Having logged about 80,000 road miles in the UK since 1974, I’ve noticed this and other changes that turned driving from a joy to drudgery. Of course a lot has to do with the huge growth of cars on cramped roads, and maybe modern depredations of the State is a result rather than a cause. Headed into Dorchester one Saturday morning, I had to resort to an Ordnance Survey map to get in using one-track roads—all the arteries were packed and stuck.
When I first visited in 1974, I drove a hot Triumph Dolomite Sprint from the British Leyland press pool, 800 miles from Cotswold storybook land to the Lake District and Scotland. On the way back I drove Carlisle to London, 300 miles, in four hours. The same limits existed, but fast cars went up to 90 on the motorways, lane discipline was superb, and if you looked like you knew what you were doing you were usually left alone. If not and they got you for DWI, the roof fell in, and rightly so.
The only roads you can still have fun on over there are one-lane country tracks with “lay-bys” for passing, where, when an oncoming car approaches, you only argue about who has the hono(u)r of reversing. Hard Knott and Wrynose Passes in the Lake District are still wonders, though you need to be wary of sheep: here’s a video from a motorcycle. In flatter terrain where you can see ahead, you can go like clappers. No cameras. (I think!)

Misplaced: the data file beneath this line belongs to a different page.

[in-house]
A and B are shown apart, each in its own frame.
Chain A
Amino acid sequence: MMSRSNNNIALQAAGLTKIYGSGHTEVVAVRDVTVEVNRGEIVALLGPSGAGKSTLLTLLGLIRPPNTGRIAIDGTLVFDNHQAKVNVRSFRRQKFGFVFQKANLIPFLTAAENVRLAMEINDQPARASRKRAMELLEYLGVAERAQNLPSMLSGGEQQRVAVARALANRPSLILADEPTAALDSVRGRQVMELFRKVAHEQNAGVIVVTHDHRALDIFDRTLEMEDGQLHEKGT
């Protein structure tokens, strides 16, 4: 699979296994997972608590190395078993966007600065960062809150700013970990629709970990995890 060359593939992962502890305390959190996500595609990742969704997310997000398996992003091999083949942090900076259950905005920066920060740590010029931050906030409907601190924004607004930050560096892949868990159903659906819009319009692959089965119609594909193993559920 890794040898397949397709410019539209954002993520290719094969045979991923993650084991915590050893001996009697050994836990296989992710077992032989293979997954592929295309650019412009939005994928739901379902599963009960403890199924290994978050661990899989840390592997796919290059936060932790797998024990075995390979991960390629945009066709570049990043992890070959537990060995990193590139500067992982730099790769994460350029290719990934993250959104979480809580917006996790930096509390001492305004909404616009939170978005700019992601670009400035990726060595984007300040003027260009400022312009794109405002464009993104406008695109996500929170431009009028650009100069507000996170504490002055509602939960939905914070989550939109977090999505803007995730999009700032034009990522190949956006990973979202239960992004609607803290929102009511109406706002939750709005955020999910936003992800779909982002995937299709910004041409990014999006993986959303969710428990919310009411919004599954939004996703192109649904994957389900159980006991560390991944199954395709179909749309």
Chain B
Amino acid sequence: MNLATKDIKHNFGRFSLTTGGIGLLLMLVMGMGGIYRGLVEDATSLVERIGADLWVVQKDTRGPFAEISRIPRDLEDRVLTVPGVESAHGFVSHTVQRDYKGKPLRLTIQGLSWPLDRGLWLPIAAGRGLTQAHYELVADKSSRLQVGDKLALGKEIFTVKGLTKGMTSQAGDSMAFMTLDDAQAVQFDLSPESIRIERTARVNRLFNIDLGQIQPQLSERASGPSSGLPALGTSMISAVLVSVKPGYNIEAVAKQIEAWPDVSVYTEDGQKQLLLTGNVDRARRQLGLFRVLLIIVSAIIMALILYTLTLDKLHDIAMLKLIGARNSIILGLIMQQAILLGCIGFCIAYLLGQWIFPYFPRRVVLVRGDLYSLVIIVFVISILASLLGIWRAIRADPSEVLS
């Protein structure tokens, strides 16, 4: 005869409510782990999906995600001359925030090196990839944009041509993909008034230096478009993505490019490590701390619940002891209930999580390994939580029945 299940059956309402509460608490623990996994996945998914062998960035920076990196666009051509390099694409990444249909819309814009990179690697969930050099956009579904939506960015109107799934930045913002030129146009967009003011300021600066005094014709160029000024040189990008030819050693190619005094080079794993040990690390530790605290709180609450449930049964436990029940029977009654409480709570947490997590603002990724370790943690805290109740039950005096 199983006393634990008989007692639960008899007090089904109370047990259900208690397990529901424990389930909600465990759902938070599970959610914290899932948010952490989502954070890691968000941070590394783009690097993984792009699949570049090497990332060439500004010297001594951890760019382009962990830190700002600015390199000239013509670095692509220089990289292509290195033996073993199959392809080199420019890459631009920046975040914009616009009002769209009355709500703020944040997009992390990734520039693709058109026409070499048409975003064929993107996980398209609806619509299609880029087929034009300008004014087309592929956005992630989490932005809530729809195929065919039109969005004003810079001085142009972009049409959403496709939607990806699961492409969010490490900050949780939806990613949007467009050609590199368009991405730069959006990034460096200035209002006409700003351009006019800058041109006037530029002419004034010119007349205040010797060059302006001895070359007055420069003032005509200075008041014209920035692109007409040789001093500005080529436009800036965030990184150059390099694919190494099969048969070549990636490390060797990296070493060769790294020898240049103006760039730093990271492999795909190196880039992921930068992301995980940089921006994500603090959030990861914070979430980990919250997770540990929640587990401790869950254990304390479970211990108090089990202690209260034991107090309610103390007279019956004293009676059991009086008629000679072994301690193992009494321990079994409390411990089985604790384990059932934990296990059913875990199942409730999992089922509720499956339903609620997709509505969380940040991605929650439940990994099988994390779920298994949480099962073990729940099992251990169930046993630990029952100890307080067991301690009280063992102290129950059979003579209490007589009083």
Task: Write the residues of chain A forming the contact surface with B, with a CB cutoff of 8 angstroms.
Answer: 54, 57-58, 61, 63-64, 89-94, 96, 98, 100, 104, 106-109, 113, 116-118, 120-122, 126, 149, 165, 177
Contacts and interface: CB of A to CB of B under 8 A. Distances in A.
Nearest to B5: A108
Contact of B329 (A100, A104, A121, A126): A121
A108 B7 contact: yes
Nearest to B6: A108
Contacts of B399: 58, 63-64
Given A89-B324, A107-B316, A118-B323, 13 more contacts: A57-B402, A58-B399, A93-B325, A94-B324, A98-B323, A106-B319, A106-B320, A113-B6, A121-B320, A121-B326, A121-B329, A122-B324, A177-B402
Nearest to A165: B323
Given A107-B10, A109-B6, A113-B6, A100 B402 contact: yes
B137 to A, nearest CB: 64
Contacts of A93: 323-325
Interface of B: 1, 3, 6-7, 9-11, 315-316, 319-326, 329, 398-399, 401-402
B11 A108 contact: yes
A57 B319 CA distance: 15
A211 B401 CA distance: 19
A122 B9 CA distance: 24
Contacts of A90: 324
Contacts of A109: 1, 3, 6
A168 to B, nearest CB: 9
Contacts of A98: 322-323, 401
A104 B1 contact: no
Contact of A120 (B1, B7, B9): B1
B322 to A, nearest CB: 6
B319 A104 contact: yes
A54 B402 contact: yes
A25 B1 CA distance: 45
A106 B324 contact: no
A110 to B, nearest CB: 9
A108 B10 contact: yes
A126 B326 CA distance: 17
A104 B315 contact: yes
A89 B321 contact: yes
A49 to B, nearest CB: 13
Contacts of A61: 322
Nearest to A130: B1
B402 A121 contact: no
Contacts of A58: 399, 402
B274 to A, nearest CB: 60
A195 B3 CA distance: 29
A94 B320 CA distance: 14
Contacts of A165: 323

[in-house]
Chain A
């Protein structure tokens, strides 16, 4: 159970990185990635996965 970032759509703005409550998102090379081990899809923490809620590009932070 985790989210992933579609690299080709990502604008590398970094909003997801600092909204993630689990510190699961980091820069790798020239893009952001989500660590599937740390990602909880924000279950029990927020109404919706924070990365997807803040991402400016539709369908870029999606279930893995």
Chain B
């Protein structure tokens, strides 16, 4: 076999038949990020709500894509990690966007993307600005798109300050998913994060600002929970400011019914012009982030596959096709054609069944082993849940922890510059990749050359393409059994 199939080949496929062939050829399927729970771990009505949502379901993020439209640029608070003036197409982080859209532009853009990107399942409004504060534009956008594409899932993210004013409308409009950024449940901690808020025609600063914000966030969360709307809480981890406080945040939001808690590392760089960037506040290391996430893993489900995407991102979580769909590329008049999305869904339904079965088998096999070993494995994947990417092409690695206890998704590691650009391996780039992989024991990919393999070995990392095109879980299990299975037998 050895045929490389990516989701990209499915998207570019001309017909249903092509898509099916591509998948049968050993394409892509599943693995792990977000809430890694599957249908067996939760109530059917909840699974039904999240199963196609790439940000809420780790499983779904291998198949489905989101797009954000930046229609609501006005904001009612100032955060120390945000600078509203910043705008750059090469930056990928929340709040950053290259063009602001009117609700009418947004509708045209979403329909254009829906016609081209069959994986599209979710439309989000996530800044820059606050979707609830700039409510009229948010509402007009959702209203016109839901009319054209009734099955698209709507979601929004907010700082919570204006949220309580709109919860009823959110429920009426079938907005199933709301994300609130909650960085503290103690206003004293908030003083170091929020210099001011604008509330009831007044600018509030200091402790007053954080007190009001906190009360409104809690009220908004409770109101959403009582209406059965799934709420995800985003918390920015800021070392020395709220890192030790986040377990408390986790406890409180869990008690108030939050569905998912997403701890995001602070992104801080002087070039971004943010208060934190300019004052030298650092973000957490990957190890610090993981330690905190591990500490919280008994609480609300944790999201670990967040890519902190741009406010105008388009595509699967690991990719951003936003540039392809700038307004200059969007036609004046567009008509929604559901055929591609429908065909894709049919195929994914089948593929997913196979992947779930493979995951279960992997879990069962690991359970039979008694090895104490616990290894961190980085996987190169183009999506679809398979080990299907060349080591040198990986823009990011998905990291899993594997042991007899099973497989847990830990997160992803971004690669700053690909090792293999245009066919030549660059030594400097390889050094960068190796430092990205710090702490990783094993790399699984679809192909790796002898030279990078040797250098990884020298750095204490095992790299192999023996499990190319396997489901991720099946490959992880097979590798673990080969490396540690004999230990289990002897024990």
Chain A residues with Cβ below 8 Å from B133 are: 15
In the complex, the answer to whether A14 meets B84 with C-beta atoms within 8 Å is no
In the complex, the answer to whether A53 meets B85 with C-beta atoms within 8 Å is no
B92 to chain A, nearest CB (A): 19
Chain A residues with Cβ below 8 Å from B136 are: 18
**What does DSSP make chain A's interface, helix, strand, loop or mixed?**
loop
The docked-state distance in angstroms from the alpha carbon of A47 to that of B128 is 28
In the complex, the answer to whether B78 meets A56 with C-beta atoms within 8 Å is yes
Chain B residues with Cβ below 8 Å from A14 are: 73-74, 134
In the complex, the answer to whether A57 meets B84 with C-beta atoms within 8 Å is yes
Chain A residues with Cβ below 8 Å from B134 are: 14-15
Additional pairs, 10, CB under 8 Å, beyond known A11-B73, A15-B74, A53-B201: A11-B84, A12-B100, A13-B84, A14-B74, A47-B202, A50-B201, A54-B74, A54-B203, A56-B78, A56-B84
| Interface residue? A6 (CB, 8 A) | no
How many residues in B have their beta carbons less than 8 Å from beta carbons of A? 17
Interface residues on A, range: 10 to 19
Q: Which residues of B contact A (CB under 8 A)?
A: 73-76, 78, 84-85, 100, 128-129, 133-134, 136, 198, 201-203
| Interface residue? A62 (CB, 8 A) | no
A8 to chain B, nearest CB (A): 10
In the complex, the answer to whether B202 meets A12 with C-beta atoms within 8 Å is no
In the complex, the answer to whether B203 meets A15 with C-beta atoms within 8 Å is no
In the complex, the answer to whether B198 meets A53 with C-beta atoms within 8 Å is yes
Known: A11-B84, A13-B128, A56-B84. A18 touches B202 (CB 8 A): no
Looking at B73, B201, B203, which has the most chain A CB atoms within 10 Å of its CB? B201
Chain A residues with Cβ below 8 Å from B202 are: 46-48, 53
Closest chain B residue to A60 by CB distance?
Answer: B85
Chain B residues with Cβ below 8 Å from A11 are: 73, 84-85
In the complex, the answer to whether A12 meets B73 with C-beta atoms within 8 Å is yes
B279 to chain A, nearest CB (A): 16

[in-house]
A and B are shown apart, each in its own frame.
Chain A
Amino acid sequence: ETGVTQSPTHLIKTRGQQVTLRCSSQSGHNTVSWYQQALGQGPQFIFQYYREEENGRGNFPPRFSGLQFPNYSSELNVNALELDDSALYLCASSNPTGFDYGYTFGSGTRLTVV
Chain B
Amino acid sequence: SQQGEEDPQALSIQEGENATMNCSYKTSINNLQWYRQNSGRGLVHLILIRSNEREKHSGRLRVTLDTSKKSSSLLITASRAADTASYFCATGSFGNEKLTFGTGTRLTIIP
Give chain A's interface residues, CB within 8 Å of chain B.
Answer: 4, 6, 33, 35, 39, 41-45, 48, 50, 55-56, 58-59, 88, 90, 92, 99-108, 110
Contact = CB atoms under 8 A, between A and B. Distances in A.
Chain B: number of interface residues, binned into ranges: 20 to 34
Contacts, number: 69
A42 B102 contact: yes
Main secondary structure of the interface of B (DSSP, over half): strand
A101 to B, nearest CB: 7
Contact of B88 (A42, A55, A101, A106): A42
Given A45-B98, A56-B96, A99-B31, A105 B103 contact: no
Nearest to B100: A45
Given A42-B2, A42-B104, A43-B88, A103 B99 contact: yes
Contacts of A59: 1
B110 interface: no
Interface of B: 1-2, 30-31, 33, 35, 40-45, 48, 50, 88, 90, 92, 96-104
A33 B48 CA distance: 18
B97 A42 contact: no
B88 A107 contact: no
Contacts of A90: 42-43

Addendum: click here for a slightly clearer video, but who will watch this for 20 minutes? That poor bloke had to follow a red van. I was nose-t0-tail with an MGBGT driven “with assurance,” and it was well that only sheep were coming the other way.